“You want a hug?” Komori questions, lifting up an arm to make space. Kiyoomi doesn’t meet his eyes but he allows himself to be pulled in, burying his face in the crook of Komori’s neck. The angle is awkward and everything feels too warm but it’s comforting, all the same. +

“Sorry,” Kiyoomi warbles after awhile. “For all of this.” His cousin shushes him gently, a hand rubbing circles against Kiyoomi’s back. “Shut up,” he chides. “You will not apologize, understood? Not when you’re being yourself. That isn’t something to feel sorry for.” +

“I’m still sorry,” Kiyoomi insists stubbornly. Komori clicks his tongue, dissatisfied. “Yeah, because you’re an idiot.” “Shut the fuck up.” “That’s never happening.” +

Kiyoomi manages a laugh. It is trembling and ugly but earnest just the same. Only Komori can manage to make him smile at his lowest. Its always been that way, it seems. “I love you, Kiyo,” Komori whispers after a beat of silence. “No matter who you are, I’m on your side.” +

And Kiyoomi knows it is true. He hums, shutting his eyes. They are swollen and damp but his chest feels less tight. The world seems a touch softer around its edges. “Love you too. Thanks, Toya.” “Don’t mention it,” Komori answers sleepily. “Now, go the fuck to bed.” +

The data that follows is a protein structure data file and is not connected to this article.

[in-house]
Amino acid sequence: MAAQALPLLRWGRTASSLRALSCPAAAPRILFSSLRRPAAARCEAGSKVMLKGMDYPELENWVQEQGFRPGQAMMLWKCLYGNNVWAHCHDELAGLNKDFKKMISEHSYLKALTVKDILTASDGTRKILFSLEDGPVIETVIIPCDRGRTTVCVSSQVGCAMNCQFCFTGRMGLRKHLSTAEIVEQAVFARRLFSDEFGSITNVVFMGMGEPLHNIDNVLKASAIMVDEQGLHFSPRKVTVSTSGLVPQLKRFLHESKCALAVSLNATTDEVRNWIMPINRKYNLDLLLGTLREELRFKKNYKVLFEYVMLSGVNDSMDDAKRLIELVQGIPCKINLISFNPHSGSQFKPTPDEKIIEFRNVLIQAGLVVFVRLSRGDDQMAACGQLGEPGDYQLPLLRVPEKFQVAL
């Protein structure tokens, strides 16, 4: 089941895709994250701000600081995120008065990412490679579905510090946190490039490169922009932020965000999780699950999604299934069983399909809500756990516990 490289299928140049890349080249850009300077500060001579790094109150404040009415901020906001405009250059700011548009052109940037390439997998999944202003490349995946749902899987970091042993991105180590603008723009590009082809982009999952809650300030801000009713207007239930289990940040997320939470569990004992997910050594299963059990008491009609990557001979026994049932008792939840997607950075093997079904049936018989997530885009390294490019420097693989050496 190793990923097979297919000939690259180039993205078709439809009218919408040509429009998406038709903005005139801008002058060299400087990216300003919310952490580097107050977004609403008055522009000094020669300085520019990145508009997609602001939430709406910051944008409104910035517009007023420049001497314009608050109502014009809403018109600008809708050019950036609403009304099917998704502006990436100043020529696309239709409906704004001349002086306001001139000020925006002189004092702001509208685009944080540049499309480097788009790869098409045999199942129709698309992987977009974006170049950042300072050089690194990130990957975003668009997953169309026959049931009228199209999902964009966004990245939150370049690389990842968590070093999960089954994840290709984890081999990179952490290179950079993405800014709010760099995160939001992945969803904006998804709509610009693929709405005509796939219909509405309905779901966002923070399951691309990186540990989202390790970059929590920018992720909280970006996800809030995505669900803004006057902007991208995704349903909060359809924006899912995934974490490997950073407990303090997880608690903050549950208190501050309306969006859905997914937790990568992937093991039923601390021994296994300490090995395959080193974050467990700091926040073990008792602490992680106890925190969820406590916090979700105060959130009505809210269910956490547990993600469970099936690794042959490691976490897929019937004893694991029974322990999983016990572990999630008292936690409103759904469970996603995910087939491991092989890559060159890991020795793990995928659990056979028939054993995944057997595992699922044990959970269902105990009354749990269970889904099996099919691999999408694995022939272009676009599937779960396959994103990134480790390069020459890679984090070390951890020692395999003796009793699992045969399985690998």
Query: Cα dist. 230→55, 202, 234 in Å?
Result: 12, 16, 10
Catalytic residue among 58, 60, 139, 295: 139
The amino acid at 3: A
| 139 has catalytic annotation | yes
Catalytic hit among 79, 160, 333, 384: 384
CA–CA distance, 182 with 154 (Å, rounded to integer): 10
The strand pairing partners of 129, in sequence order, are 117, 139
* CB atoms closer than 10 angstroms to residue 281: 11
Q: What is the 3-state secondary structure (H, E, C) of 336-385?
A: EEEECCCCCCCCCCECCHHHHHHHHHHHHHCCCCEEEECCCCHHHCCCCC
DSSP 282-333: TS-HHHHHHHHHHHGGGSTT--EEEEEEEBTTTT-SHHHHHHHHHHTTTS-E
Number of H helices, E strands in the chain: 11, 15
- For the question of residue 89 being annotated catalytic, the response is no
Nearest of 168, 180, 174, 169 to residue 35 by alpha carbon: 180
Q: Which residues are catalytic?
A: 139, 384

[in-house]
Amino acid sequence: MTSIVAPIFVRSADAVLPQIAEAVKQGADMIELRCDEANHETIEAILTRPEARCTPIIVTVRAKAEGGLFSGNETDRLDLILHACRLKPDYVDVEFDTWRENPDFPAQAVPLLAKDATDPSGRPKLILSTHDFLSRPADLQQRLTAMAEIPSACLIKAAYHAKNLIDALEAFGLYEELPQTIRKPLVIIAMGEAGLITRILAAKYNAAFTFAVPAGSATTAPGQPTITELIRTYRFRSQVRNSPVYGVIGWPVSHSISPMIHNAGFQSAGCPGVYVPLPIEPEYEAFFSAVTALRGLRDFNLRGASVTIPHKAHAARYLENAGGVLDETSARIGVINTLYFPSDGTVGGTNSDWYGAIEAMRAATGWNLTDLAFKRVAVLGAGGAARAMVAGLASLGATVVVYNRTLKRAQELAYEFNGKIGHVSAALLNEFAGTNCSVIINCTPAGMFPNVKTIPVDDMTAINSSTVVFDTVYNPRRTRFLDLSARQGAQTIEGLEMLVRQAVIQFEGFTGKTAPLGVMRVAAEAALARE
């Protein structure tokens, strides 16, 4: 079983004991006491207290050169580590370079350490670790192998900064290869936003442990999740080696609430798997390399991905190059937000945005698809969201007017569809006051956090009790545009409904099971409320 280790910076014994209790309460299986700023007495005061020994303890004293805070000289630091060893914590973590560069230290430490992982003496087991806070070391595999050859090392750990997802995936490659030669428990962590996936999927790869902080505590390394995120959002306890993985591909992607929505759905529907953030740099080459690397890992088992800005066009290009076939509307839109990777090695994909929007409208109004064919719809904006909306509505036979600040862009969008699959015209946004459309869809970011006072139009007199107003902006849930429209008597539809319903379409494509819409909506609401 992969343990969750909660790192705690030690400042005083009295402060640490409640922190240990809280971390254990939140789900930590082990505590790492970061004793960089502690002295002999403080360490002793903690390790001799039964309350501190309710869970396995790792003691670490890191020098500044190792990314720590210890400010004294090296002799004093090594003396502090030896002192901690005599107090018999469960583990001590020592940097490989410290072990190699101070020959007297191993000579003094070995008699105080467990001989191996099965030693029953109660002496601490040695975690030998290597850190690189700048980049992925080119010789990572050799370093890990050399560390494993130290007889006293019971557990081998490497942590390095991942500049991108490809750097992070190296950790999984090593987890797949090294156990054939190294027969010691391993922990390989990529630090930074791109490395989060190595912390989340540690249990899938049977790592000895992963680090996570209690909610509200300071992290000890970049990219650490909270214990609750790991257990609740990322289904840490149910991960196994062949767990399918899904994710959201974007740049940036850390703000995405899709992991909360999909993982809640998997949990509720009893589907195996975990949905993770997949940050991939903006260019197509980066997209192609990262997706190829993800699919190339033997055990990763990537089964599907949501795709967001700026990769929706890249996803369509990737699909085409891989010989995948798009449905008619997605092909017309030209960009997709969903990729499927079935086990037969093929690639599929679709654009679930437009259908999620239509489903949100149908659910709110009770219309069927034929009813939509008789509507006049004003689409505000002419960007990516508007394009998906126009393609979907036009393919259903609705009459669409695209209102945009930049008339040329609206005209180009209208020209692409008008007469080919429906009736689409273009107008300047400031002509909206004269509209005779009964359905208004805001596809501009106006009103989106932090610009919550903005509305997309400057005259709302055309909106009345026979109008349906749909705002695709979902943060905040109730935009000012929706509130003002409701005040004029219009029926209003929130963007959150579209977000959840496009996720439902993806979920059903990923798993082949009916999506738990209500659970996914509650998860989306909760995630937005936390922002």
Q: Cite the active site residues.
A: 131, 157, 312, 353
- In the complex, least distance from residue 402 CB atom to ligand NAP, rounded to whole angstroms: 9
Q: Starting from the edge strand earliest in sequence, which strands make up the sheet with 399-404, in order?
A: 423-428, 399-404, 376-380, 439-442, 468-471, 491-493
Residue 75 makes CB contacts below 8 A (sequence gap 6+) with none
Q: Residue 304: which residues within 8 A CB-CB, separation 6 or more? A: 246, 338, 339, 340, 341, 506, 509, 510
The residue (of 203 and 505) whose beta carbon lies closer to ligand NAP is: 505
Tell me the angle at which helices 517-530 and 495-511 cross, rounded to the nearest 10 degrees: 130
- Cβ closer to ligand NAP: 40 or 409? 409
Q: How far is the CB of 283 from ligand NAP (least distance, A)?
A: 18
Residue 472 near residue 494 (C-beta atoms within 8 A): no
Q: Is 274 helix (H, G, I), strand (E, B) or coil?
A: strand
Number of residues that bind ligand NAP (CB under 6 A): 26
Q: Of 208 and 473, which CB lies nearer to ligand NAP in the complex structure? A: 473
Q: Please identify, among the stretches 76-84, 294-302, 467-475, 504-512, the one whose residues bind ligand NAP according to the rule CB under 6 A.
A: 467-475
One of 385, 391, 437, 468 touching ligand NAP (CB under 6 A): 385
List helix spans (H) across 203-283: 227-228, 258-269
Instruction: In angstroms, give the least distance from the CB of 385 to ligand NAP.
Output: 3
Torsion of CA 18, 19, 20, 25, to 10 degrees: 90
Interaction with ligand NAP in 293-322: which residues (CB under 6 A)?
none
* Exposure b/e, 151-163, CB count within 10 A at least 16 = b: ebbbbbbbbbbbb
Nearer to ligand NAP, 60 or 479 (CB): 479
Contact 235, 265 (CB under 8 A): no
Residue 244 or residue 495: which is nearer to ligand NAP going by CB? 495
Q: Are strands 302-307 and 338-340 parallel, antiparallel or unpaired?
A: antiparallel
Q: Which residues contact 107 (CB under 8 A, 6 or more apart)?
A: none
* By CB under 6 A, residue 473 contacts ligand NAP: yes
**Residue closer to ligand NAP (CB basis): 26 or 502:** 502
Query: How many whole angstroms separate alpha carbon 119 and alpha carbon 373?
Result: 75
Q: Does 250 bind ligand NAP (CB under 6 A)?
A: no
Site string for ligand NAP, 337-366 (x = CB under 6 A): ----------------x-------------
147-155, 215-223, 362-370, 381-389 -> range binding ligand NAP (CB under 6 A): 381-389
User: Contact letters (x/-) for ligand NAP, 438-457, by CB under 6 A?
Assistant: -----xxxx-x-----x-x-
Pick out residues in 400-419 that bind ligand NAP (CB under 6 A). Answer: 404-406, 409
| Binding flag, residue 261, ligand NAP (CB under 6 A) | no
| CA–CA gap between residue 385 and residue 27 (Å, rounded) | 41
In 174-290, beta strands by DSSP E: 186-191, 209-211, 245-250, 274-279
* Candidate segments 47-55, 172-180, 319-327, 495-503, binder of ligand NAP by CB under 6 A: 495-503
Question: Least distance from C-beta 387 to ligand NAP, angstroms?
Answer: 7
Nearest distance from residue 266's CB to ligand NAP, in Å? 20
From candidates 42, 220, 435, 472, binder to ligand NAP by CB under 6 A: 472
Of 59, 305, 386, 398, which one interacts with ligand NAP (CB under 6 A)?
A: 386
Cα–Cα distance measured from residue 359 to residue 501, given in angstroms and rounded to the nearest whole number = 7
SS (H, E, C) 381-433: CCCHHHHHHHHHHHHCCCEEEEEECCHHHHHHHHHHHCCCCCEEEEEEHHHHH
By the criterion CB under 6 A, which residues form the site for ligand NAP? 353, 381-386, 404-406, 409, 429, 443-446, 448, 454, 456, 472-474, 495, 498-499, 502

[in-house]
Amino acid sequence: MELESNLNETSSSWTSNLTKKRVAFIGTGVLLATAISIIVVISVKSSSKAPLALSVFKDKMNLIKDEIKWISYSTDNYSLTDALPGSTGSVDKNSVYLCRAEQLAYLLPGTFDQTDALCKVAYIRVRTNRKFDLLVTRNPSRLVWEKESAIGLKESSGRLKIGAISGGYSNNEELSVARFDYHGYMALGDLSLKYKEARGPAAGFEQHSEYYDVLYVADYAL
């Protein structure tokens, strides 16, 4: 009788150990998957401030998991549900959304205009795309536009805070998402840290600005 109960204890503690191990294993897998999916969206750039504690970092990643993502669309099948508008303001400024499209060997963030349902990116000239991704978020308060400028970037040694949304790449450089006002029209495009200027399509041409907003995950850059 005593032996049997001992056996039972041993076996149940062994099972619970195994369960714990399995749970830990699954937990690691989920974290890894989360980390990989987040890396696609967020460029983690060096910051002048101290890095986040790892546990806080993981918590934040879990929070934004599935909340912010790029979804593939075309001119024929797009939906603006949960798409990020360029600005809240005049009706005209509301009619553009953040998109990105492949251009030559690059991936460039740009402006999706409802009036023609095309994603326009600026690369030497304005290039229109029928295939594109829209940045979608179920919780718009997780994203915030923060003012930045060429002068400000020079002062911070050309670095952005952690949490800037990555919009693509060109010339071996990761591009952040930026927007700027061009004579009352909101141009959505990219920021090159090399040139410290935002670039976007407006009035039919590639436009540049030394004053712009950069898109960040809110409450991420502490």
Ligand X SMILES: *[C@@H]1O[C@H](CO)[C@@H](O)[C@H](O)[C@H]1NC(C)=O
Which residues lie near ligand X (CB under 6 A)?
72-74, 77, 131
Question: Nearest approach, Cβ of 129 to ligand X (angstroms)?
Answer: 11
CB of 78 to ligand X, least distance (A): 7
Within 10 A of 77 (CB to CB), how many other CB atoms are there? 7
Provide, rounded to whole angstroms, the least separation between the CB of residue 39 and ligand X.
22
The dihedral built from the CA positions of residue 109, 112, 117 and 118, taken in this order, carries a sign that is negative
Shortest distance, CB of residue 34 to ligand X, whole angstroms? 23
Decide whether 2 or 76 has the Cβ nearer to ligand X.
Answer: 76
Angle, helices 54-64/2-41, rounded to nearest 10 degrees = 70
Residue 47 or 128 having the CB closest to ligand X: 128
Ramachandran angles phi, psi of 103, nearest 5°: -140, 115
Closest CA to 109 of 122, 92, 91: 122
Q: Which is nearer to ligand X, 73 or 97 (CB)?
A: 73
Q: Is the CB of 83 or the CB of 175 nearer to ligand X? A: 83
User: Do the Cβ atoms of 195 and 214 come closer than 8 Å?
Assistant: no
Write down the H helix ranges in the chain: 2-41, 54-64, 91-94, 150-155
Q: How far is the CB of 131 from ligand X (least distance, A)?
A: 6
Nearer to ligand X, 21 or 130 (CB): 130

“Whatever, asshole. Goodnight.” “Night! Tomorrow, we can talk about your fat crush on the most questionable person known to man,” Komori chirps. Kiyoomi’s eyes narrow. “Absolutely not.” “Seriously, why a Miya?” “Please stop.” “I need to know!” “You really don’t.” +

Komori laughs at that, lazily and warmly like a swaying campfire. The sound is comforting in its own right. Kiyoomi cannot help but to laugh along, the remainder of his sorrow melting away. The road ahead sure looks bumpy. But right at this moment, everything is alright.

// The end!! Thank you for reading this, if you took the time to do so!! This threadfic is actually based on a true story, AKA the night that I came out to my own cousin when I was 19. I was a blubbering, terrified mess but she was my rock through it all, just like Komori. 💛

My cousin was the first person I came out to by choice. It hasn’t been an easy road for me, in terms of gaining acceptance from family and peers alike for being who I am. So, having someone like my cousin — or, in the story’s case, like Komori — meant the world. +

If you don’t have your own Komori in your life, here’s a little reminder to carry with you: No matter who accepts you or doesn’t, you will still be exactly who you are through it all. No amount of hatred can change you. So, even if it hurts, be yourself. You deserve to shine.